The down regulation of sclerostin in osteocytes mediates bone formation in response to mechanical cues and parathyroid hormone (PTH). To date, the regulation of sclerostin has been attributed exclusively to the transcriptional downregulation of the Sost gene hours after stimulation. Using mouse models and rodent cell lines, we describe the rapid, minutes-scale post-translational degradation of sclerostin protein by the lysosome following mechanical load and PTH. We present a model, integrating both new and established mechanically- and hormonally-activated effectors into the regulated degradation of sclerostin by lysosomes. Using a mouse forelimb mechanical loading model, we find transient inhibition of lysosomal degradation or the upstream mechano-signaling pathway controlling sclerostin abundance impairs subsequent load-induced bone formation by preventing sclerostin degradation. We also link dysfunctional lysosomes to aberrant sclerostin regulation using human Gaucher disease iPSCs. These results reveal how bone anabolic cues post-translationally regulate sclerostin abundance in osteocytes to regulate bone formation.
All data generated or analyzed during this study are included in the manuscript and supporting files.
- Christopher W Ward
- Joseph P Stains
- Ricardo A Feldman Dr.
- Humberto C Joca
- Christopher W Ward
- Nicole R Gould
- James S Lyons
- Katrina M Williams
The funders had no role in study design, data collection and interpretation, or the decision to submit the work for publication.
Animal experimentation: All of the animals were handled according to protocol approved by the Animal care and Use Committee at the University of Maryland School of Medicine (Protocol Numbers, 0617013 and 0520007).
- Subburaman Mohan, Loma Linda University, United States
© 2021, Gould et al.
This article is distributed under the terms of the Creative Commons Attribution License permitting unrestricted use and redistribution provided that the original author and source are credited.
β-Arrestins are master regulators of cellular signaling that operate by desensitizing ligand-activated G-protein-coupled receptors (GPCRs) at the plasma membrane and promoting their subsequent endocytosis. The endocytic activity of β-arrestins is ligand dependent, triggered by GPCR binding, and increasingly recognized to have a multitude of downstream signaling and trafficking consequences that are specifically programmed by the bound GPCR. However, only one biochemical ‘mode’ for GPCR-mediated triggering of the endocytic activity is presently known – displacement of the β-arrestin C-terminus (CT) to expose clathrin-coated pit-binding determinants that are masked in the inactive state. Here, we revise this view by uncovering a second mode of GPCR-triggered endocytic activity that is independent of the β-arrestin CT and, instead, requires the cytosolic base of the β-arrestin C-lobe (CLB). We further show each of the discrete endocytic modes is triggered in a receptor-specific manner, with GPCRs that bind β-arrestin transiently (‘class A’) primarily triggering the CLB-dependent mode and GPCRs that bind more stably (‘class B’) triggering both the CT and CLB-dependent modes in combination. Moreover, we show that different modes have opposing effects on the net signaling output of receptors – with the CLB-dependent mode promoting rapid signal desensitization and the CT-dependent mode enabling prolonged signaling. Together, these results fundamentally revise understanding of how β-arrestins operate as efficient endocytic adaptors while facilitating diversity and flexibility in the control of cell signaling.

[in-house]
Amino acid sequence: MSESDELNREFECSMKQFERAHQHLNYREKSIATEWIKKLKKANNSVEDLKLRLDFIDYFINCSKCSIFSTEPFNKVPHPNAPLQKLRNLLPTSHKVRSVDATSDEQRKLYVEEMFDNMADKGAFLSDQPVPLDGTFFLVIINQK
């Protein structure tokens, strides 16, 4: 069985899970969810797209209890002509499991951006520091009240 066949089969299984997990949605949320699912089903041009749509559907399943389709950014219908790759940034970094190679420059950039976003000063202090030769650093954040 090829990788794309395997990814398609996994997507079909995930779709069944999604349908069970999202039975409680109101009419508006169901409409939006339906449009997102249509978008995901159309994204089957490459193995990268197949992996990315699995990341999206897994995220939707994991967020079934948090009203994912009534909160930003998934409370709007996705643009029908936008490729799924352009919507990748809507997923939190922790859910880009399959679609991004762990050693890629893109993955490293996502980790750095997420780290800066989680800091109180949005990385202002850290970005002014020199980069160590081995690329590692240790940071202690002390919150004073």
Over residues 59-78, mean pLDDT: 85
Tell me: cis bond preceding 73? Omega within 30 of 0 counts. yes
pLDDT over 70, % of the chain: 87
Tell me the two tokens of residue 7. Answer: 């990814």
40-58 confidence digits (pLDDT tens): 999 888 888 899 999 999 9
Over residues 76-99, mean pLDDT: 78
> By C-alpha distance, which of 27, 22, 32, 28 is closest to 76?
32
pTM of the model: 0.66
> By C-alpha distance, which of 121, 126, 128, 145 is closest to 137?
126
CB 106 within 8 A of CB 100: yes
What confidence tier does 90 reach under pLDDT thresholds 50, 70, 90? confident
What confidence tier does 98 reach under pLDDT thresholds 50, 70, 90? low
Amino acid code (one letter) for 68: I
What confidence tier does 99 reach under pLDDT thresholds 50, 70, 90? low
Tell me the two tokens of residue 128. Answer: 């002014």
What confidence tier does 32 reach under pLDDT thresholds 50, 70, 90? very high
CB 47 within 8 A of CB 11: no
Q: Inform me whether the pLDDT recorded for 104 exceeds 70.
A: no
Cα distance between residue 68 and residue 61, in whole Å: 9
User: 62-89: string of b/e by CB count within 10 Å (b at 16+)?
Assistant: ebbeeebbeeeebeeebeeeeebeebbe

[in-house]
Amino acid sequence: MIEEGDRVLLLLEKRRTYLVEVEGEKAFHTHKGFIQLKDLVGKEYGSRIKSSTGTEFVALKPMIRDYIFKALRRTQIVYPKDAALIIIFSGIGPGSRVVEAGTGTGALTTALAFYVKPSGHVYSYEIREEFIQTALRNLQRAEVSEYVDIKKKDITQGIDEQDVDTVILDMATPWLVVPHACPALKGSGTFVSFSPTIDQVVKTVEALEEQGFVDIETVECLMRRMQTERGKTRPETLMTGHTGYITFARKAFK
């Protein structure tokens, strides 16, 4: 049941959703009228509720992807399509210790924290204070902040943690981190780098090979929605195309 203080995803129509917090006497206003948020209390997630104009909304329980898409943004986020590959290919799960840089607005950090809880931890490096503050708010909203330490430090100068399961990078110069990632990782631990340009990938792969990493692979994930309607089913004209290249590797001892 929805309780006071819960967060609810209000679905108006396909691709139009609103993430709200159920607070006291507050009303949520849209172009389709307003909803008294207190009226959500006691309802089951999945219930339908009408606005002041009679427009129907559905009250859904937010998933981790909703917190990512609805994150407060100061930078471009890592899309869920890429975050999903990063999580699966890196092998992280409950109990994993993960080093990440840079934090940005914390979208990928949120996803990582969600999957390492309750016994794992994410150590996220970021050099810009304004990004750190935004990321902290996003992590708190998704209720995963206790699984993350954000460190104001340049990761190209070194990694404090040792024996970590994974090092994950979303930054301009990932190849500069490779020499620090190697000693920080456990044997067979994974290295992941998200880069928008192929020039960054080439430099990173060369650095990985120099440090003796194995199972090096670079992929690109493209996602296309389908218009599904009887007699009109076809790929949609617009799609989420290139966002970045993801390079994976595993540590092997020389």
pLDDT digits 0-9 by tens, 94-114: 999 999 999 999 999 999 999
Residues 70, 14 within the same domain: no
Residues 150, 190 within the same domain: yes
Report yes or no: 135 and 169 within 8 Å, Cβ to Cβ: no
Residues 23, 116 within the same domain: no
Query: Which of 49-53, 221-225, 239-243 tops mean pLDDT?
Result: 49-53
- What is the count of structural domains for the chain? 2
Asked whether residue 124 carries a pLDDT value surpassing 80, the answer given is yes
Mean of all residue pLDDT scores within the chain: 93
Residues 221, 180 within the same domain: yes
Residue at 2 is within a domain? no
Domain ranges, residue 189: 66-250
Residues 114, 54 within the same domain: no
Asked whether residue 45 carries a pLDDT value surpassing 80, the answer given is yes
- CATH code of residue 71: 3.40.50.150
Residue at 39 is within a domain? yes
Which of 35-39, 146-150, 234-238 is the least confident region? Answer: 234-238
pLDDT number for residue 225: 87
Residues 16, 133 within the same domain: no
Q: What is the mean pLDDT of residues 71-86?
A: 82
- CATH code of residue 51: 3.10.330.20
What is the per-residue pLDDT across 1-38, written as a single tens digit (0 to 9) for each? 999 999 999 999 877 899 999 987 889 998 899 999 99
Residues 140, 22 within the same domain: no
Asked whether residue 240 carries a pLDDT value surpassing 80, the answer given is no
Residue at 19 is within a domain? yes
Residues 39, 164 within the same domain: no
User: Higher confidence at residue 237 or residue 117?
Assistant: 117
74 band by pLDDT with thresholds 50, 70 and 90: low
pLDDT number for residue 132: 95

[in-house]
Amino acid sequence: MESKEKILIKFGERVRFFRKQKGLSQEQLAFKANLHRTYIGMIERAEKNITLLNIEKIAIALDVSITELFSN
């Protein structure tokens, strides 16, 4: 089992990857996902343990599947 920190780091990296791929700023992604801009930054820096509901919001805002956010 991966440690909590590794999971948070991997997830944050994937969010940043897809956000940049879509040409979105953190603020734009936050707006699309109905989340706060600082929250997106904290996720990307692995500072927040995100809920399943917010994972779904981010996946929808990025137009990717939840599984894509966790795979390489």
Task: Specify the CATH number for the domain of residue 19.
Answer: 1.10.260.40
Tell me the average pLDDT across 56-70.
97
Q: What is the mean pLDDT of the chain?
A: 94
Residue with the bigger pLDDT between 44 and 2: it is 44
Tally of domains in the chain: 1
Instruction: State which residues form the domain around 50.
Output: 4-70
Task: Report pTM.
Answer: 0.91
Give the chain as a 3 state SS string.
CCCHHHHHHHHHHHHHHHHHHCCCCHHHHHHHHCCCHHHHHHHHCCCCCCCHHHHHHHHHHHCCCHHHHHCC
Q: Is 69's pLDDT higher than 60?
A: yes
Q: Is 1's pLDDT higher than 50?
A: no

The insulin receptor (IR) and insulin-like growth factor 1 receptor (IGF1R) control metabolic homeostasis and cell growth and proliferation. The IR and IGF1R form similar disulfide bonds linked homodimers in the apo-state; however, their ligand binding properties and the structures in the active state differ substantially. It has been proposed that the disulfide-linked C-terminal segment of α-chain (αCTs) of the IR and IGF1R control the cooperativity of ligand binding and regulate the receptor activation. Nevertheless, the molecular basis for the roles of disulfide-linked αCTs in IR and IGF1R activation are still unclear. Here, we report the cryo-EM structures of full-length mouse IGF1R/IGF1 and IR/insulin complexes with modified αCTs that have increased flexibility. Unlike the Γ-shaped asymmetric IGF1R dimer with a single IGF1 bound, the IGF1R with the enhanced flexibility of αCTs can form a T-shaped symmetric dimer with two IGF1s bound. Meanwhile, the IR with non-covalently linked αCTs predominantly adopts an asymmetric conformation with four insulins bound, which is distinct from the T-shaped symmetric IR. Using cell-based experiments, we further showed that both IGF1R and IR with the modified αCTs cannot activate the downstream signaling potently. Collectively, our studies demonstrate that the certain structural rigidity of disulfide-linked αCTs is critical for optimal IR and IGF1R signaling activation.